This is the News in Brief from the United Nations.
UN chief alarmed over violent escalation in Sudan’s Darfur region
UN Secretary-General Antonio Guterres has said that he’s “deeply concerned” about increasing violence in many parts of Sudan’s Darfur region.
His statement follows a series of attacks there, notably in West and North Darfur earlier this month.
These incidents have left dozens of people dead, more than 1,500 houses burned, thousands displaced and left in dire need of humanitarian assistance.
In an attack on the village of Masteri on Saturday, south of Geneina, the capital of West Darfur province, some 500 armed men were reportedly involved.
Condemning the violence and noting that deliberate attacks against civilians violated international law, Mr. Guterres commended efforts by the Sudanese authorities in responding to the incidents.
He urged all armed groups to resolve their grievances through dialogue, “particularly those that have not joined ongoing peace talks” in the capital, Juba.
Conflict in Darfur dates back to 2003 between Government forces, their militiamen and ethnic minority opposition groups.
The UN estimated that around 300,000 were killed and around 2.7 million forced from their homes.
In 2005, the UN Security Council referred the situation in Darfur to the International Criminal Court, after allegations of genocide there.
Ravages of acute hunger will likely hit six in 10 in Zimbabwe: WFP
WFP urgently seeks international support to prevent millions of Zimbabweans plunging deeper into hunger.
The COVID-19 pandemic has aggravated an already severe hunger crisis in Zimbabwe, the World Food Programme (WFP) warned on Thursday.
In an appeal for an additional $250 million to support emergency relief for millions of vulnerable people, WFP said that by the end of the year, the number of food-insecure people in the southern African nation is expected to surge by almost 50 per cent, to 8.6 million.
That amounts to 60 per cent of the entire population, the agency said in a statement, blaming drought, economic recession and the coronavirus pandemic as reasons for the crisis.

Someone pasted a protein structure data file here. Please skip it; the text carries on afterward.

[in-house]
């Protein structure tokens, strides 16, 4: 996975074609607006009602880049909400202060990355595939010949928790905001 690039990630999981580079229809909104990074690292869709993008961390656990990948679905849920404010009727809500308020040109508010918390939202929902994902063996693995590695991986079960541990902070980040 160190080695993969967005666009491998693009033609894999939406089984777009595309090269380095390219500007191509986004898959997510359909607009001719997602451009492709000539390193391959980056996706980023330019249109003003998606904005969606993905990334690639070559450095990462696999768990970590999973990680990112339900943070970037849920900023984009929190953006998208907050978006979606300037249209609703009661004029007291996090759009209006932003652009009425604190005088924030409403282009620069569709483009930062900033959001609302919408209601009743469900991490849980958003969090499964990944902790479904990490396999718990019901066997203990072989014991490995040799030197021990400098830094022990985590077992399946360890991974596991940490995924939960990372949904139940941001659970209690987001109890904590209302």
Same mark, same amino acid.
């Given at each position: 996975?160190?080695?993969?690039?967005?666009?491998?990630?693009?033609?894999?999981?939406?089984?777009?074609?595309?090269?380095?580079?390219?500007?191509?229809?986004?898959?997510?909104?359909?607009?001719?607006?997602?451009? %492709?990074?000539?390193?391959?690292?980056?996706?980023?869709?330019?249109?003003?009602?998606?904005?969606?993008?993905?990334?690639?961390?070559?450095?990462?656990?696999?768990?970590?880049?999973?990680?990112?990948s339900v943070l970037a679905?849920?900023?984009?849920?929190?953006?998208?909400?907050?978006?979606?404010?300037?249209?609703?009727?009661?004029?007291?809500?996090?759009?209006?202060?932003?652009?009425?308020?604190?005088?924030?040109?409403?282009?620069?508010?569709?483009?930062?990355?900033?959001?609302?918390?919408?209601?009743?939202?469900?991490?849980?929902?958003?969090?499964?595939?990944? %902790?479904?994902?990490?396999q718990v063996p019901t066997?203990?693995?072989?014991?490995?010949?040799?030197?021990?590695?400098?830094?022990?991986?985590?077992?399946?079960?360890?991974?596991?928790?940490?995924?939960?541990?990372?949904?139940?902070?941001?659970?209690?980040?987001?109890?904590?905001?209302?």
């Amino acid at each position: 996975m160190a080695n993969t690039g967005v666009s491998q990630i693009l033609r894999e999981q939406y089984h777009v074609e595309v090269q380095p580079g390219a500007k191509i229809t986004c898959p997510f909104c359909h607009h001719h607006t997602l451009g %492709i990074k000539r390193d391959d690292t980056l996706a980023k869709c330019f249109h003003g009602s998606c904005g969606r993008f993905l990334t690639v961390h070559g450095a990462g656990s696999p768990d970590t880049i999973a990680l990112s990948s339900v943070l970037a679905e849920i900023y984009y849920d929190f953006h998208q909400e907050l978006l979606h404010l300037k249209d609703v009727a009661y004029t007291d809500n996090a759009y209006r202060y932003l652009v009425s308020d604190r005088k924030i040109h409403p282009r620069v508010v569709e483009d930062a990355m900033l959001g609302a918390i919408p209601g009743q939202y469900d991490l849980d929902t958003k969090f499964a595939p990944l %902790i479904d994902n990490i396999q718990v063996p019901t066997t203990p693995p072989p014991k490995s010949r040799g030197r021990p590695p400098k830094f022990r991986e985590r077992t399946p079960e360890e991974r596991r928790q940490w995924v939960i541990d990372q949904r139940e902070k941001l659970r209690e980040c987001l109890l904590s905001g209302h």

Galloping hyperinflation has meant that few families can now afford even basic food, WFP said, with the price of maize, the staple cereal, more than doubling in June.
Lola Castro, WFP’s Regional Director for Southern Africa, said that many Zimbabwean families were suffering “the ravages of acute hunger”, before appealing to the international community to help prevent “a potential humanitarian catastrophe.”
Roma still victims of hate crimes, decades after mass killings, says UN expert
Roma people face intimidation, aggression and violence, all of which have been on the rise in recent years, a senior UN-appointed independent rights expert said on Thursday.
In an appeal for States to take bold measures to protect the Roma, UN Special Rapporteur Fernand de Varennes warned that “hatred, exclusion and vilification” have resurfaced during the COVID-19 crisis.
Citing “false rumours” against Roma minorities, Mr Varennes said that they faced scapegoating and hate speech on social media platforms.
This “dehumanisation and denigration” of the Roma has led to atrocities in the past that must not be perpetuated today in different guises, he said in a statement, his comments coming ahead of Roma Holocaust Remembrance Day on 2 August.
The date marks the Nazis’ extermination of their last Roma prisoners, almost 80 years ago.
Nearly 3,000 Roma children, women and men perished in the gas chambers of Auschwitz II-Birkenau concentration camp.
It is estimated that Nazi forces and their allies killed around 25 per cent of all European Roma, possibly 200,000 to 500,000 people.
Daniel Johnson, UN News.